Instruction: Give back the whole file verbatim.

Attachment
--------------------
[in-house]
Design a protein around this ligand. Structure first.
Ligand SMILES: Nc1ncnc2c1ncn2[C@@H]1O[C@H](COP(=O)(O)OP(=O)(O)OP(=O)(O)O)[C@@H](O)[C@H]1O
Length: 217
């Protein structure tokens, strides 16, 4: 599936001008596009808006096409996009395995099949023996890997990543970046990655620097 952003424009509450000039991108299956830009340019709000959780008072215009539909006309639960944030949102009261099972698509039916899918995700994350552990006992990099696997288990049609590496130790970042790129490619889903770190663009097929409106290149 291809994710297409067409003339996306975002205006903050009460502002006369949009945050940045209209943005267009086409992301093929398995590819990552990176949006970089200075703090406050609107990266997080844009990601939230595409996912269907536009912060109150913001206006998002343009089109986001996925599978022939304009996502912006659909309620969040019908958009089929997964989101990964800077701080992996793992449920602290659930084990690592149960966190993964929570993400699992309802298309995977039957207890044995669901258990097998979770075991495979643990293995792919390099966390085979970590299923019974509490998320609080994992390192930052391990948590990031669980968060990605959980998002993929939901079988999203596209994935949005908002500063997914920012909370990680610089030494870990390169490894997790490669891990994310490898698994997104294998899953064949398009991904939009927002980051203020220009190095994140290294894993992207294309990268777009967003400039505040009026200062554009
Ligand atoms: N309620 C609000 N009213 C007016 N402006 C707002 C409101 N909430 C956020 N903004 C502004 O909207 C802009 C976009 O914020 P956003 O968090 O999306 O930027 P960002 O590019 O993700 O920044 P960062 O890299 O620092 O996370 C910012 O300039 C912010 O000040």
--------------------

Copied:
[in-house]
Design a protein around this ligand. Structure first.
Ligand SMILES: Nc1ncnc2c1ncn2[C@@H]1O[C@H](COP(=O)(O)OP(=O)(O)OP(=O)(O)O)[C@@H](O)[C@H]1O
Length: 217
């Protein structure tokens, strides 16, 4: 599936001008596009808006096409996009395995099949023996890997990543970046990655620097 952003424009509450000039991108299956830009340019709000959780008072215009539909006309639960944030949102009261099972698509039916899918995700994350552990006992990099696997288990049609590496130790970042790129490619889903770190663009097929409106290149 291809994710297409067409003339996306975002205006903050009460502002006369949009945050940045209209943005267009086409992301093929398995590819990552990176949006970089200075703090406050609107990266997080844009990601939230595409996912269907536009912060109150913001206006998002343009089109986001996925599978022939304009996502912006659909309620969040019908958009089929997964989101990964800077701080992996793992449920602290659930084990690592149960966190993964929570993400699992309802298309995977039957207890044995669901258990097998979770075991495979643990293995792919390099966390085979970590299923019974509490998320609080994992390192930052391990948590990031669980968060990605959980998002993929939901079988999203596209994935949005908002500063997914920012909370990680610089030494870990390169490894997790490669891990994310490898698994997104294998899953064949398009991904939009927002980051203020220009190095994140290294894993992207294309990268777009967003400039505040009026200062554009
Ligand atoms: N309620 C609000 N009213 C007016 N402006 C707002 C409101 N909430 C956020 N903004 C502004 O909207 C802009 C976009 O914020 P956003 O968090 O999306 O930027 P960002 O590019 O993700 O920044 P960062 O890299 O620092 O996370 C910012 O300039 C912010 O000040």